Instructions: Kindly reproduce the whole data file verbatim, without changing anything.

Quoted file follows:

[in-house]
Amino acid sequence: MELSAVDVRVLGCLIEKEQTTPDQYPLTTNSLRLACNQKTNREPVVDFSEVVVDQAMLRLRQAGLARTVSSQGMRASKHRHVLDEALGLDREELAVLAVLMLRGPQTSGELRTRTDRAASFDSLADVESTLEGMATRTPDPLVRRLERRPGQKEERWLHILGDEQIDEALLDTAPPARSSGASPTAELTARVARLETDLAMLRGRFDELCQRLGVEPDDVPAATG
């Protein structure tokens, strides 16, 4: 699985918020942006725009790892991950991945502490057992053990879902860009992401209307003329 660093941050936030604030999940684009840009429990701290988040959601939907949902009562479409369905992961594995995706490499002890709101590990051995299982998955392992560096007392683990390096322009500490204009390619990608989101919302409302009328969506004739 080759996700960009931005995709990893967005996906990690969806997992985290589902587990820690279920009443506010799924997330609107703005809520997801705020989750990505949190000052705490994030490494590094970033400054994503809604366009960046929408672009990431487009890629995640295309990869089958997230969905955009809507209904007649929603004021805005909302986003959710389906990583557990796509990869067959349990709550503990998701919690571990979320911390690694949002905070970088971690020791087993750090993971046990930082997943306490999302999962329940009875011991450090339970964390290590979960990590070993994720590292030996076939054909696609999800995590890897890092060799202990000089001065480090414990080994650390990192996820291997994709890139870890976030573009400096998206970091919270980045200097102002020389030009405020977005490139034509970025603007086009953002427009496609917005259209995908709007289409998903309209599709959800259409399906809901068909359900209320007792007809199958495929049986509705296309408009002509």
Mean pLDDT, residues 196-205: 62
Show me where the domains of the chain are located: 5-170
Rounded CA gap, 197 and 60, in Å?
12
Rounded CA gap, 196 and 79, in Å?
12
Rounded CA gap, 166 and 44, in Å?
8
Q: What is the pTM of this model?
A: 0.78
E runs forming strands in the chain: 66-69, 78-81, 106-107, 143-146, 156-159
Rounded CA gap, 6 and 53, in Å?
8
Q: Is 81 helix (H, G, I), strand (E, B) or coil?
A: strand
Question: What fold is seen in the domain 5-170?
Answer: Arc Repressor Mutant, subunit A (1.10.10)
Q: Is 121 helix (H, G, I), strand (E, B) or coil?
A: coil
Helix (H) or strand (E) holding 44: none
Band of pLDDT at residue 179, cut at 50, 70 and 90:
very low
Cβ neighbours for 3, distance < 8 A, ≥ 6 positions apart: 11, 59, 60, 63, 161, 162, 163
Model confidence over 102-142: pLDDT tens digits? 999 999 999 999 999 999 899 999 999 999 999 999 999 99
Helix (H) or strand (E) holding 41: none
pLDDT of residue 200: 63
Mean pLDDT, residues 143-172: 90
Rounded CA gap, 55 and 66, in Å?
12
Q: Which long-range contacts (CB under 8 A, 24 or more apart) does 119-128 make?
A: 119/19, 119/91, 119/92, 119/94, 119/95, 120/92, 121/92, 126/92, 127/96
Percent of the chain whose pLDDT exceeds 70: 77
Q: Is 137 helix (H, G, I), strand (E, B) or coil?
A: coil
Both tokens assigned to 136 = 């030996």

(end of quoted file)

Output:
[in-house]
Amino acid sequence: MELSAVDVRVLGCLIEKEQTTPDQYPLTTNSLRLACNQKTNREPVVDFSEVVVDQAMLRLRQAGLARTVSSQGMRASKHRHVLDEALGLDREELAVLAVLMLRGPQTSGELRTRTDRAASFDSLADVESTLEGMATRTPDPLVRRLERRPGQKEERWLHILGDEQIDEALLDTAPPARSSGASPTAELTARVARLETDLAMLRGRFDELCQRLGVEPDDVPAATG
């Protein structure tokens, strides 16, 4: 699985918020942006725009790892991950991945502490057992053990879902860009992401209307003329 660093941050936030604030999940684009840009429990701290988040959601939907949902009562479409369905992961594995995706490499002890709101590990051995299982998955392992560096007392683990390096322009500490204009390619990608989101919302409302009328969506004739 080759996700960009931005995709990893967005996906990690969806997992985290589902587990820690279920009443506010799924997330609107703005809520997801705020989750990505949190000052705490994030490494590094970033400054994503809604366009960046929408672009990431487009890629995640295309990869089958997230969905955009809507209904007649929603004021805005909302986003959710389906990583557990796509990869067959349990709550503990998701919690571990979320911390690694949002905070970088971690020791087993750090993971046990930082997943306490999302999962329940009875011991450090339970964390290590979960990590070993994720590292030996076939054909696609999800995590890897890092060799202990000089001065480090414990080994650390990192996820291997994709890139870890976030573009400096998206970091919270980045200097102002020389030009405020977005490139034509970025603007086009953002427009496609917005259209995908709007289409998903309209599709959800259409399906809901068909359900209320007792007809199958495929049986509705296309408009002509």
Mean pLDDT, residues 196-205: 62
Show me where the domains of the chain are located: 5-170
Rounded CA gap, 197 and 60, in Å?
12
Rounded CA gap, 196 and 79, in Å?
12
Rounded CA gap, 166 and 44, in Å?
8
Q: What is the pTM of this model?
A: 0.78
E runs forming strands in the chain: 66-69, 78-81, 106-107, 143-146, 156-159
Rounded CA gap, 6 and 53, in Å?
8
Q: Is 81 helix (H, G, I), strand (E, B) or coil?
A: strand
Question: What fold is seen in the domain 5-170?
Answer: Arc Repressor Mutant, subunit A (1.10.10)
Q: Is 121 helix (H, G, I), strand (E, B) or coil?
A: coil
Helix (H) or strand (E) holding 44: none
Band of pLDDT at residue 179, cut at 50, 70 and 90:
very low
Cβ neighbours for 3, distance < 8 A, ≥ 6 positions apart: 11, 59, 60, 63, 161, 162, 163
Model confidence over 102-142: pLDDT tens digits? 999 999 999 999 999 999 899 999 999 999 999 999 999 99
Helix (H) or strand (E) holding 41: none
pLDDT of residue 200: 63
Mean pLDDT, residues 143-172: 90
Rounded CA gap, 55 and 66, in Å?
12
Q: Which long-range contacts (CB under 8 A, 24 or more apart) does 119-128 make?
A: 119/19, 119/91, 119/92, 119/94, 119/95, 120/92, 121/92, 126/92, 127/96
Percent of the chain whose pLDDT exceeds 70: 77
Q: Is 137 helix (H, G, I), strand (E, B) or coil?
A: coil
Both tokens assigned to 136 = 């030996």